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Abstract

Abstract Background Harm reduction has dramatically reduced HIV incidence among people who inject drugs (PWID). In Glasgow, Scotland, <10 infections/year have been diagnosed among PWID since the mid-1990s. However, in 2015 a sharp rise in diagnoses was noted among PWID; many were subtype C with 2 identical drug-resistant mutations and some displayed low avidity, suggesting the infections were linked and recent. Methods We collected Scottish pol sequences and identified closely related sequences from public databases. Genetic linkage was ascertained among 228 Scottish, 1820 UK, and 524 global sequences. The outbreak cluster was extracted to estimate epidemic parameters. Results All 104 outbreak sequences originated from Scotland and contained E138A and V179E. Mean genetic distance was <1% and mean time between transmissions was 6.7 months. The average number of onward transmissions consistently exceeded 1, indicating that spread was ongoing. Conclusions In contrast to other recent HIV outbreaks among PWID, harm reduction services were not clearly reduced in Scotland. Nonetheless, the high proportion of individuals with a history of homelessness (45%) suggests that services were inadequate for those in precarious living situations. The high prevalence of hepatitis C (>90%) is indicative of sharing of injecting equipment. Monitoring the epidemic phylogenetically in real time may accelerate public health action. HIV, phylodynamic, network, transmission, people who inject drugs (See the Editorial commentary by Poon and Dearlove, on pages 1854–7.) People who inject drugs (PWID) are at risk of acquiring human immunodeficiency virus (HIV) from sharing injecting equipment and from high-risk sexual activity while under the influence of drugs or in exchange for drugs [1]. There are 9–22 million PWID worldwide of whom 1–5 million have HIV [2]. Major outbreaks of HIV were identified among PWID in Scotland in the 1980s [3–5], along with other parts of northern [3, 6] and southern Europe [5]. A major outbreak in Edinburgh in 1983 associated with extensive needle sharing [5] led to 50% of PWID becoming infected [3]. This epidemic was closely linked to similar ones in Dundee and Dublin [3], but few HIV cases were seen among PWID in Glasgow at the time [7]. Rapid introduction in the United Kingdom of needle exchange in 1986, followed by other harm reduction measures [8], dramatically decreased spread of HIV within this population. Since the mid-1990s, HIV diagnoses among PWID in Glasgow have averaged 10 per year [9]. Similarly in the rest of Western Europe, incidence had declined in accordance with public health responses [10]. However, in 2011 there were reports of outbreaks of HIV among PWID in Greece [11], Romania [12], and Ireland [13]. Prior to this, HIV incidence among PWID in Greece and Ireland had been similar to the United Kingdom, around 0.1% [2, 14, 15]. In Greece, fewer than 20 infections per year were reported among PWID between 2001 and 2010, but in 2011 this surged to 256 cases, accounting for one-quarter of all new HIV diagnoses that year [16]. The epidemics in Greece [11] and Ireland [13] followed an economic crisis, which led to increases in homelessness. The recession of 2008 resulted in funding cuts to opiate substitution therapy and needle exchange programs in Greece and Romania [17]. In parallel, the surge in injection of stimulant-based new psychoactive substances, which are typically injected more frequently than heroin thus increasing the risk of needle sharing, contributed to the outbreaks in Romania [12] and Ireland [13]. In 2015, a significant rise in HIV diagnoses among PWID was noted in Glasgow. Data from Scotland’s Needle Exchange Surveillance Initiative showed that HIV prevalence among PWID increased from 0.3% in 2011–2012 to 1.9% in 2015–2016 [18]. Routine sequencing to test for drug resistance revealed many were HIV subtype C, a subtype rarely observed among PWID in the United Kingdom [19, 20], suggesting a common source for the outbreak. Reconstruction of the transmission network through contact tracing is difficult for HIV because of the time delay between infection and diagnosis, the low transmission rate, and the challenge of collecting information pertaining to sexual and drug-taking behaviors. Phylogenetic analysis of viral sequences provides an alternative and independent route to reconstructing transmission networks [21]. As viral sequences are generated as a component of routine clinical care in the United Kingdom, we conducted a phylogenetic analysis to investigate whether PWID cases were related, when infections had been acquired, and whether the strain was spreading into the wider community and elsewhere in the United Kingdom. Results informed the shape and intensity of the public health response. METHODS Study Population Since 2005, the West of Scotland specialist virology center has routinely carried out baseline sequencing of all new HIV diagnoses. The HIV-1 protease and reverse transcriptase regions (HXB2 positions 2253 to 3549) were amplified using primers described previously [22] with Expand reverse transcriptase (and the Expand High Fidelity polymerase chain reaction (PCR) System (Roche) and the following program: reverse transcription PCR (RT-PCR) 42°C for 45 minutes; first-round PCR (2 minutes at 94°C; 10 cycles of 15 seconds at 94°C; 30 seconds at 55°C; 1 minute 30 seconds at 72°C; 25 cycles of 15 seconds at 94°C; 30 seconds at 55°C; 1 minute 30 seconds at 72°C + 5 seconds/cycle; 10 minutes at 72°C) and nested PCR (2 minutes at 94°C; 10 cycles of 15 seconds at 94°C; 30 seconds at 55°C; 1 minute 30 seconds at 72°C; 25 cycles of 15 seconds at 94°C; 30 seconds at 55°C; 1 minute 30 seconds at 72°C + 5 seconds/cycle; 10 minutes at 72°C). Sanger sequencing was performed on ABI3130xl using BigDye Terminator v3.1 Cycle Sequencing Kit (Applied Biosystems). Alignment and base-calling was performed using the online sequence analysis software RECall [23]. REGAv3 was used to subtype sequences and detect drug resistance mutations [24]. All subtype C sequences were extracted from the laboratory database for further analysis. At each stage (extraction through to PCR) and for each patient, negative controls were included in each assay to detect contamination. If evidence for contamination was observed, all patient samples in that run were re-extracted. For each weekly run a simple phylogenetic tree was constructed to detect contamination occurring at the sequencing stage. Any cases of sequence identity in the same batch were repeated from the extraction stage. Avidity testing was used to classify infections as recent or older than 4 months. The assay is a modification of the Genscreen HIV1/2 version 2 (Bio-Rad) [25] and testing has been performed on HIV diagnoses since 2012. Clinical and epidemiological information was obtained through the UK National Health Service clinical portal, a virtual electronic patient record that contains clinical notes on interactions with tertiary services and test results. Data retrieved included hepatitis C status, viral load, date of last HIV negative test, sex, risk group, age, nationality, and history of drug use, incarceration, and homelessness. Background Sequences The UK HIV Drug Resistance Database (UKRDB) receives pol sequences obtained for routine clinical surveillance and submitted by participating laboratories. Resistance data are linked to demographic and clinical patient data held in the UK Collaborative HIV Cohort study (UK CHIC) database [26] and the national HIV/AIDS Reporting System (HARS) database held at Public Health England [27]. After linking sequences to epidemiological data, the data were anonymized. In the 2014 release of the database (sequences up to mid-2013), sequences were available for around 60% of the infected population and >80% of patients diagnosed since 2005. Of 63163 sequences in the UKRDB, 15864 sequences (25.1%) were classified as subtype C by REGAv3 [24]. Epidemiological data contributed by Public Health England and Health Protection Scotland included year of birth, gender, and self-reported most likely route of infection (PWID, heterosexual sex, men who have sex with men [MSM], mother to child, blood product, or unknown). The Los Alamos National Laboratory (LANL) HIV database compiles all published HIV sequences, including 11658 non-UK subtype C pol sequences (accessed 8 August 2014). We used Geneious to BLAST Scottish sequences against UKRDB and LANL sequences, selecting the 10 closest matches for each individual Scottish sequence for analysis [28]. As the same sequence is hit multiple times, this procedure limits the size of the final alignments. Final alignments comprised 228 sequences from Scotland, 1820 from the UKRDB, and 524 from LANL (2572 in total). Genetic Linkage and Phylodynamic Analysis Sequences were stripped of 44 sites associated with drug resistance based on the 2013 International AIDS Society list [29]. We reconstructed genetic clusters by calculating genetic distances between pairs of sequences under a TN93 substitution model. Each sequence was represented in the network by a node and nodes were linked if their pairwise distance was below a certain genetic distance threshold. At thresholds 1%–2.5%, the same PWID outbreak cluster stood out (n = 104, see Results), with all sequences from Scotland. We selected the tightest threshold because 1% is consistent with recent and rapid transmission [30]. Ten percent of outbreak sequences were submitted to Genbank (accession numbers MG76186:MG761826). Sequences from the outbreak were further analyzed using the Bayesian birth-death skyline model in BEAST2 [31, 32]. The birth-death skyline is well suited to analyzing outbreaks because, unlike coalescent models, it does not assume low sample fraction within an infinite population size; instead, sample fraction is explicitly parameterized. Furthermore, the birth-death skyline estimates the effective reproductive number (Re), the average number of infections originating from each individual, directly yielding epidemiologically relevant results. Substitution models (TN93, GTR+G+I) and clock models (strict, uncorrelated lognormal) were compared and a GTR+G+I model with an uncorrelated lognormal clock was selected based on its Bayes factor. Chain samples were run for 500000000 generations in triplicate. Prior distributions for Re and the rate of becoming noninfectious were extracted from a previous analysis of the UK epidemic [31], and priors for the origin of the tree and the sampling proportion were based on our knowledge of the UK epidemic. The origin of the tree was set with a maximum value of 30 years and the sampling proportion was set as 0 until 2005 (the date of the first outbreak sequence) then with a normal distribution with mean = 0.65 and SD = 0.05. Because sampling fraction, Re, and time to becoming noninfectious are correlated in the birth-death skyline model, at least one must be set with a narrow prior [31]. RESULTS The Drug-Resistant Subtype C Outbreak Has Not Been Observed Outside Scotland All Scottish subtype C sequences were included in the phylogenetic analysis (n = 228), alongside 1820 sequences from the UKRDB and 524 from LANL (2572 in total). Of 2572 sequences, 501 (19.5%) linked to at least 1 other in the network using a genetic distance cutoff of 1%. Within the network, a tight cluster of 104 sequences stood out (Figure 1). All sequences within the cluster were less than 1% genetic distance from at least 1 other sequence in the cluster. Mean genetic distance was <1% with 7 patients with pol sequences exactly identical to another, 2 pairs, and 1 triad. All sequences originated from Scotland and contained E138A and V179E. Thus we have not yet observed evidence of spread of this strain outside Scotland. E138A is a common polymorphic accessory mutation weakly selected in patients receiving etravirine and rilpivirine that reduces susceptibility to these 2 antiretrovirals by around 2-fold. V179E is a nonpolymorphic mutation weakly selected by nevirapine and efavirenz and associated with resistance to nevirapine, efavirenz, and etravarine. In the UKRDB, which includes sequences sampled in Scotland until mid-2013, E138A is found in 1648/15864 of subtype C sequences (10.39%) and V179E is found in 50 (0.32%). Only 41 sequences in the UKRDB contained both mutations (0.25%), of which 26 were from the present outbreak. Among the remaining 15 sequences containing both mutations, 12 were not closely related to the outbreak and were not included in the phylogenetic analysis and 3 were included in the analysis but did not link to the outbreak. Between 2014 and mid-2016, 5 nonoutbreak HIV diagnoses were made among PWID in Scotland. Figure 1. View largeDownload slide Genetic distance network of relatedness at 1%. Of 2572 sequences analyzed, only those linked to at least 1 other sequence at 1% are shown (501 in total). Sequences are colored by origin: Scotland, UK HIV Drug Resistance Database (UKRDB) or Los Alamos National Database (LANL). Node shapes are determined by drug susceptibility of viruses. One large cluster, highlighted and circled, stood out due to its size (104 sequences), its concentration of drug-resistant sequences, and its Scottish origin. Figure 1. View largeDownload slide Genetic distance network of relatedness at 1%. Of 2572 sequences analyzed, only those linked to at least 1 other sequence at 1% are shown (501 in total). Sequences are colored by origin: Scotland, UK HIV Drug Resistance Database (UKRDB) or Los Alamos National Database (LANL). Node shapes are determined by drug susceptibility of viruses. One large cluster, highlighted and circled, stood out due to its size (104 sequences), its concentration of drug-resistant sequences, and its Scottish origin. Spread of HIV Among Scottish PWID Has Been Recent and Rapid Sequences from the outbreak cluster (n = 104) were selected for analysis using the birth-death skyline models in BEAST2 to estimate growth through time and to better infer the origin of the cluster. Runs converged within 5000000 generations with effective sample size values above 200. The common ancestor to the cluster was dated as mid-2003 (2003.4; 95% highest posterior density [HPD], 2001.8–2005.0), while the oldest outbreak sequence was from a female PWID diagnosed in 2005. Five patients were diagnosed in 2008–2009 (4.8%), 27 were diagnosed between 2010 and 2013 (26.0%), and 71 patients were diagnosed after 2014 (68.3%). All were diagnosed in Scotland and all those with a risk group reported were PWID. The birth death skyline infers the effective reproductive number Re (the average number of transmissions for each individual). Importantly, Re has remained above 1 throughout the course of the outbreak (Figure 2), implying that the number of cases would be expected to continue to rise. Mean Re was estimated as 1.5 (95% HPD Figure 2. View largeDownload slide Reproductive number (Re) inferred from the birth-death skyline plot. The line across the plot marks Re = 1, the threshold above which an infection will continue to spread. Figure 2. View largeDownload slide Reproductive number (Re) inferred from the birth-death skyline plot. The line across the plot marks Re = 1, the threshold above which an infection will continue to spread. , 0.1–3.9) over the course of the outbreak, rising to 1.8 (HPD, 1.1–2.6) during the last 2 years. At its highest point, in 2009, Re exceeded 2. Sample fraction was estimated as 0.66 (HPD, 0.46 –0.81). The distance between internal nodes in the tree approximates the upper bound on time between transmission events [33]. Based on the time-resolved trees, the average transmission interval was estimated as 6.7 months for the outbreak as a whole (Supplementary information). Looking at the phylogeny in more detail, it divided into 3 subclusters: 1a, 1b, and 2, originating in 2011, 2012, and 2010, respectively (Figure 3). Subclusters 1a and 1b had a higher density of recent transmission events, but there was no difference in transmission intervals between subclusters based on an analysis of 1000 trees from the posterior distribution (Supplementary information), indicating that while subclusters 1a and 1b are most active at present, the transmission dynamics within all 3 subclusters have been similar. The origin of subclusters 1a and 1b correlated with an increase in Re (Figure 2). Demographic and Clinical Characteristics of Outbreak Members Among the 104 individuals in the outbreak diagnosed by mid-2016, 102 (98.1%) reported injecting drugs. Mean age was 38.4 (SD = 6.5), 63/103 (61.2%) were men and 40 (38.8%) were women, 99/100 were white British (1 mixed race), 38/96 (39.6%) had a recorded history of incarceration, and 41/92 (44.6%) reported having ever been homeless; 96/98 (98.0%) were confirmed to be HCV antibody positive, with 6 not tested, suggesting wide-spread sharing of injecting equipment; 68/96 (70.8%) had ongoing HCV infection with a positive HCV antigen or PCR result. HIV avidity was tested on 87/104 (83.7%) patients and 49/104 has a previous negative test result; 24/87 (27.6%) had low avidity results indicating that infection had occurred within the last 4 months. Five additional patients had a date of last negative HIV test less than a year previous to their diagnosis. Three patients had antibody levels too low for avidity testing indicating acute seroconversion, confirmed with negative western blot and BiSpot results. Therefore, in total at least 32/87 (36.8%) had HIV for less than a year at diagnosis, consistent with the short terminal branch lengths in the phylogenetic tree (Figure 3). Figure 3. View largeDownload slide Time-resolved phylogeny for the outbreak cluster comprising 104 sequences from Scotland with drug-resistant mutations E138A and V179E. The outbreak subdivided into 3 subclusters. Figure 3. View largeDownload slide Time-resolved phylogeny for the outbreak cluster comprising 104 sequences from Scotland with drug-resistant mutations E138A and V179E. The outbreak subdivided into 3 subclusters. DISCUSSION This recent outbreak in Scotland is the latest in a series of rapid transmissions of HIV among PWID: in Greece [11], Romania [12], Ireland [13], and Indiana, United States [34]. Prior to these outbreaks, HIV incidence among PWID in these regions had been fairly static since the epidemics of the 1980s. From 2001 to 2014, there were 10–20 new cases per year in Scotland with 5–10 new cases around Glasgow [35]. The Scottish outbreak now comprises over 100 linked cases. Phylodynamic analysis demonstrated how rapidly the virus was transmitted, with average transmission intervals around 6 months, similar to MSM [33] and shorter than heterosexuals [36] in the United Kingdom. In contrast to the more commonly presented R0, which represents the number of onward transmissions in a fully susceptible population, Re is the number of secondary infections for the current frequency of susceptibles [37]. The number of secondary infections has averaged 1.5 since the outbreak originated around 2003, reaching 2 at its peak in 2009. In contrast, HIV diagnoses among PWID did not reach a peak until 2015 in Scotland, remained around 20 per year between 2008 and 2010, not reaching a peak until 2015 [38]. UK estimates of Re for heterosexuals and MSM are below 1, and just above 1, respectively [39]. Previous estimates of Re among PWID have ranged as high as 21.7 in Lithuania [40]. For the United Kingdom, estimates of Re do not exist for PWID, but Re was consistently above 1 for this outbreak, indicating that spread was ongoing in 2016. This number is specific to this outbreak and should not be extrapolated to reflect HIV transmission among PWID in the United Kingdom in general. The outbreak subdivided into subclusters, indicating independent concurrent transmission chains. All 3 transmission chains showed evidence of recent transmission events, and had equally short transmission intervals. Genetic distance within the outbreak was extremely low, with multiple sets of identical partial pol sequences, a phenomenon observed in cases of rapid transmission [41]. While in part due to the short region of the virus sequenced, such low divergence demonstrates how rapidly the virus spread in this group. The potential for multiple partners during acute infection leads to low genetic diversity within PWID transmission networks. The recent outbreak among Greek PWID similarly displayed low diversity and high clustering [11], reminiscent of the spread of near identical subtype A variants throughout Eastern European and Russian PWID in the 1990s [42]. Full genome sequencing, currently being undertaken, may disentangle the order of transmissions within the outbreak. The outbreak was in part detected because of 2 resistance mutations, E138A and V179E, repeatedly identified in subtype C viruses, which had not previously associated with PWID infection in the United Kingdom. This prompted a search through the UKRDB for the mutations and for related sequences. At present, despite the UKRDB collecting sequences from all HIV resistance tests, sequences are used for research purposes and not as a systematic surveillance tool. Genetic analysis confirmed the strain was unique to Scotland and is not transmitting elsewhere in the United Kingdom. In the United Kingdom it is rare to find large clusters from a single region [43], and this is now the largest cluster of HIV among PWID seen in the United Kingdom since the 1980s. However, we did not have samples from the rest of the United Kingdom as recent as those from Scotland. The most recent Scottish sequence was sampled in 2016, whereas the most recent UKRDB sequence was sampled in 2013. It is possible that the outbreak has spread outside Scotland but that we have not captured it. No published PWID outbreaks have reported transmission of resistance mutations, although preliminary results from Saskatchewan, Canada, demonstrated the G190 mutation disproportionately affected Aboriginal PWID [44]. Earlier studies found a higher prevalence of resistance mutations among PWID than among those infected sexually [45]. Suboptimal treatment adherence among this group may provide an explanation for this phenomenon [46]. Another possibility is that blood to blood transmission could enable transmission of lower-fitness viruses unable to establish infection through sexual transmission [47]. Despite access to injecting equipment, HIV still poses a significant risk to PWID. The identification of a unique strain facilitated its detection in Scotland during this outbreak, but real-time monitoring may help accelerate public health action. British Columbia recently deployed a real-time phylogeny response, where monthly reports were generated detailing cluster growth [48]. This analysis revealed a highly active cluster that expanded by 11 cases in 3 months. Members of the cluster were contacted to ensure linkage to care and partner notification and subsequently no further cases linked to those members were diagnosed. In the case of the Scottish outbreak, real-time phylogenetic monitoring could have brought the cluster to attention sooner. At present, all UKRDB analyses are conducted with anonymized data, while Poon et al identified subjects to reach out to them [48]. Use of nonanonymized HIV data for phylogenetic analyses is avoided in some jurisdictions because of the criminalization of HIV transmission. An anonymized version of Poon’s system can also be imagined, in which the background of sequences for comparison is anonymous but data are available for the patient being seen at that moment [49]. If the patient’s sequence were to cluster with 2 or more recent sequences, that patient could be selected for early initiation of treatment and preexposure prophylaxis could be offered to their partners. The advantage of Poon’s method is that all members of the cluster can be retrospectively contacted whereas under the anonymized system, only patients diagnosed after the first few in a cluster would be identified. Overall, advances such as avidity testing and real-time phylogenetic analysis can be used to improve our understanding of outbreaks to better target public health responses. Many PWID involved in the outbreak had experienced homelessness. Scotland’s Needle Exchange Surveillance Initiative emphasized this point: almost 90% (20/23) of PWID from Glasgow who tested positive for HIV in 2015–16 had a history of homelessness, three-quarters of whom had been homeless within the last 6 months [18]. The situation in Scotland differs from that in other PWID outbreaks, however, because harm reduction services (injecting equipment provision, opiate substitution therapy) were available in Scotland postrecession. Indeed, Glasgow operates one of the most active injecting equipment provision service in Europe, distributing over 1 million syringes per year [18]. In contrast, in Indiana, neither needle exchange nor HIV testing were available at the time of the outbreak [34]. Nonetheless, the association observed with homelessness suggests that harm reduction services available in Glasgow may have been difficult to access for those in precarious living situations, often with chaotic lifestyles. This outbreak may have been due to a change in circumstances, but it may result from the unfortunate introduction of HIV into a group of connected but previously uninfected PWID, such as was the case in Sweden in 2006 [50] and in Indiana in 2015 [34]. The high prevalence of hepatitis C among PWID in this outbreak (>90%) is indicative of widespread injecting equipment sharing. In contrast, in Romania and Greece, multiple strains and networks were uncovered [11, 12]; these outbreaks resulted from the reduced availability of harm reduction services. The Scottish outbreak is being managed through education of the population at risk and service providers, improved addiction services, increasing provision of needle exchange (eg, greater evening availability), improving accessibility of HIV testing, and outreach services to support early treatment and retention. Further research is needed to demonstrate whether homelessness, or other behavioral factors, played a role in the outbreak. Supplementary Data Supplementary materials are available at The Journal of Infectious Diseases online. Consisting of data provided by the authors to benefit the reader, the posted materials are not copyedited and are the sole responsibility of the authors, so questions or comments should be addressed to the corresponding author. Notes Acknowledgments. The authors would like to acknowledge Denise Kuhnert for proving advice on the skyline model, and would like to thank the clinical teams for their input. Financial support. This work was supported by the Bill and Melinda Gates Foundation and by NIH (grant number GM110749) through the Pangea-HIV Consortium. Potential conflicts of interest. M. R. C. is currently supported by a grant from Gilead to the University of California, San Diego for work on hepatitis C. This funding was received after the present work was completed and did not have any influence on this work. All other authors report no conflicts of interest. All authors have submitted the ICMJE Form for Disclosure of Potential Conflicts of Interest. Conflicts that the editors consider relevant to the content of the manuscript have been disclosed. Presented in part: Conference on Retroviruses and Opportunistic Infections, Seattle, 2017; and HIV Dynamics and Evolution, Isle of Skye, Scotland, 2017. References 1. 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The Journal of Infectious DiseasesOxford University Press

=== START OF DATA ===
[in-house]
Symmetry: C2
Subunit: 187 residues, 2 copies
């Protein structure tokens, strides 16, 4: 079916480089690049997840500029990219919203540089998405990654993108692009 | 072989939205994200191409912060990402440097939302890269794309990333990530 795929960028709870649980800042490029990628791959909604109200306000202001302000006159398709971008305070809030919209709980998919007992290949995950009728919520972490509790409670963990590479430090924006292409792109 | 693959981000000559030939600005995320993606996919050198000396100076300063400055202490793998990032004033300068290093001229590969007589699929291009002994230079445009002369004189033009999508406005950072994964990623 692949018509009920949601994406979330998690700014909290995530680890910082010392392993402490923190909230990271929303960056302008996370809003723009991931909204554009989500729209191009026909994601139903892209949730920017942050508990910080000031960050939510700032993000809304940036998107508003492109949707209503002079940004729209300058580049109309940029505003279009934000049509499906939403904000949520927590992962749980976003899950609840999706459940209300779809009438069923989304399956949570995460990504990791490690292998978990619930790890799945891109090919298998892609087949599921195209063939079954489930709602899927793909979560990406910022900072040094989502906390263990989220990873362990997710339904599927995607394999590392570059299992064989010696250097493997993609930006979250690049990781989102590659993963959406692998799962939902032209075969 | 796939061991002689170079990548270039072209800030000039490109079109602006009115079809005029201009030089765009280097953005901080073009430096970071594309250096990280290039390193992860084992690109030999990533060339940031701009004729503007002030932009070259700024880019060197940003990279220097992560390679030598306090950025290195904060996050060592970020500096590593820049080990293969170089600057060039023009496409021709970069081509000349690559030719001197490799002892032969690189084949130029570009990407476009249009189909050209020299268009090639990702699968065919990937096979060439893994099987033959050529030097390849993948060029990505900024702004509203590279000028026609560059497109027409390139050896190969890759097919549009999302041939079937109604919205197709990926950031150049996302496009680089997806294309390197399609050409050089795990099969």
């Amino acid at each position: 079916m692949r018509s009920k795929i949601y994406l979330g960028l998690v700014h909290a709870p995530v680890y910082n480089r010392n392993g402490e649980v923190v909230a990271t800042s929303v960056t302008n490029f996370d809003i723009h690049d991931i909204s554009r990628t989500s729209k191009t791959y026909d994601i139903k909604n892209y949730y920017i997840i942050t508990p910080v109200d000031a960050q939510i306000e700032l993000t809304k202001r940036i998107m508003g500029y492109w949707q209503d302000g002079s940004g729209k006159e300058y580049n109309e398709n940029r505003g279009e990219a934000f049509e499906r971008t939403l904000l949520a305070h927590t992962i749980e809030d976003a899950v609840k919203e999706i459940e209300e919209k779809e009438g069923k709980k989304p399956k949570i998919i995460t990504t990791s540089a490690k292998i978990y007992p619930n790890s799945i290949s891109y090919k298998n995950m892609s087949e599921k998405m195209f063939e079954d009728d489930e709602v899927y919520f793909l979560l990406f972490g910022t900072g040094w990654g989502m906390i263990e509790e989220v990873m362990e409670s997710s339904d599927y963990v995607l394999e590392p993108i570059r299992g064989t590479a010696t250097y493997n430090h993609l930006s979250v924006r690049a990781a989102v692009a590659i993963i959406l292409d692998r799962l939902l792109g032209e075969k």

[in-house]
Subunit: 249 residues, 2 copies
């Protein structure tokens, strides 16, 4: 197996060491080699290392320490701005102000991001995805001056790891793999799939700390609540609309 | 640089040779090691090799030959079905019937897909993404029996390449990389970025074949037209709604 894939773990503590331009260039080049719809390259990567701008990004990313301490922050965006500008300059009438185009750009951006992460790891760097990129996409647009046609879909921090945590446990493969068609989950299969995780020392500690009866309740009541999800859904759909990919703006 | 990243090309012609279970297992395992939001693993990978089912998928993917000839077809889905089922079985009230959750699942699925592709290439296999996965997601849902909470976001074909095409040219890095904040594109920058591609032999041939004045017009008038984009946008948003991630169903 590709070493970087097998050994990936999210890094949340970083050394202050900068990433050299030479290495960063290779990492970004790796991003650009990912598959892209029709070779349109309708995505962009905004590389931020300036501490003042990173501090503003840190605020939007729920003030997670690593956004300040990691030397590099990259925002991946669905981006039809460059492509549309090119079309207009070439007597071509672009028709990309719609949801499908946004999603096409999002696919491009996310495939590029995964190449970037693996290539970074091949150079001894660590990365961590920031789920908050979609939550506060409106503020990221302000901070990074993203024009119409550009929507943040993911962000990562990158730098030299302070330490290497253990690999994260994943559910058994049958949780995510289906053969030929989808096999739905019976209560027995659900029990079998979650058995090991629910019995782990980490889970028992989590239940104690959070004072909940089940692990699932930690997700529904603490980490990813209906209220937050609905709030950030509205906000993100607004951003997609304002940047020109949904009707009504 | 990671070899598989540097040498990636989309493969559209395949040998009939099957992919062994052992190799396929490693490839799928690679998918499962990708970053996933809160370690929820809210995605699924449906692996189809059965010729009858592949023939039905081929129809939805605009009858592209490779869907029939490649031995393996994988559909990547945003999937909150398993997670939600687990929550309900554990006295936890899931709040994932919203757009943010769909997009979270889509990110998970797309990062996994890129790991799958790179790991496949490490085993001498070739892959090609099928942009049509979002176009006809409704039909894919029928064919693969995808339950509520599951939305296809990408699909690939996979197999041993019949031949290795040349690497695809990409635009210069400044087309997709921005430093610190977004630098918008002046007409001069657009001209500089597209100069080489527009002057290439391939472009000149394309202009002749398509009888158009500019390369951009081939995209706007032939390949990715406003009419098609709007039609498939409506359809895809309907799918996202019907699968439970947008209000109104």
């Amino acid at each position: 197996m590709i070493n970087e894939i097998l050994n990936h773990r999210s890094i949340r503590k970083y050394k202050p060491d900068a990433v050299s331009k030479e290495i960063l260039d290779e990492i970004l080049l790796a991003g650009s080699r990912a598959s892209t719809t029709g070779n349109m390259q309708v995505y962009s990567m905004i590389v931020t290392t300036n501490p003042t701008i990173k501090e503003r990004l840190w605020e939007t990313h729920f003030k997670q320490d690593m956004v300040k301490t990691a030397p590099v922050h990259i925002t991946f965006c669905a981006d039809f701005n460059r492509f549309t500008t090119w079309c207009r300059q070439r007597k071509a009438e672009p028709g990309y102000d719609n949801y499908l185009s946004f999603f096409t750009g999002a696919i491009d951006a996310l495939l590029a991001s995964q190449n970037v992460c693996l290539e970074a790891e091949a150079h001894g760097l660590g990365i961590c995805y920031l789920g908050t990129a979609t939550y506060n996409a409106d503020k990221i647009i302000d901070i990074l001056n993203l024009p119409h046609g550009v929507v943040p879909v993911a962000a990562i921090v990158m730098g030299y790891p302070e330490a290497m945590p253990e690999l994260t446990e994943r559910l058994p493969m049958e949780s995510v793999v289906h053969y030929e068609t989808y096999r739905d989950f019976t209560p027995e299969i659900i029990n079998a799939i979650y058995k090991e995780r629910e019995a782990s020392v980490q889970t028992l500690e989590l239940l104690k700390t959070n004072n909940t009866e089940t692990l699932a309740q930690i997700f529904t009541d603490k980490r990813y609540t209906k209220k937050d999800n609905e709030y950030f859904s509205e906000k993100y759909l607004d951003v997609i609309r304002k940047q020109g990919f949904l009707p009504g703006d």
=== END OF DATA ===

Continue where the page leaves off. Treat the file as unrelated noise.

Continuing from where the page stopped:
Published: Apr 10, 2018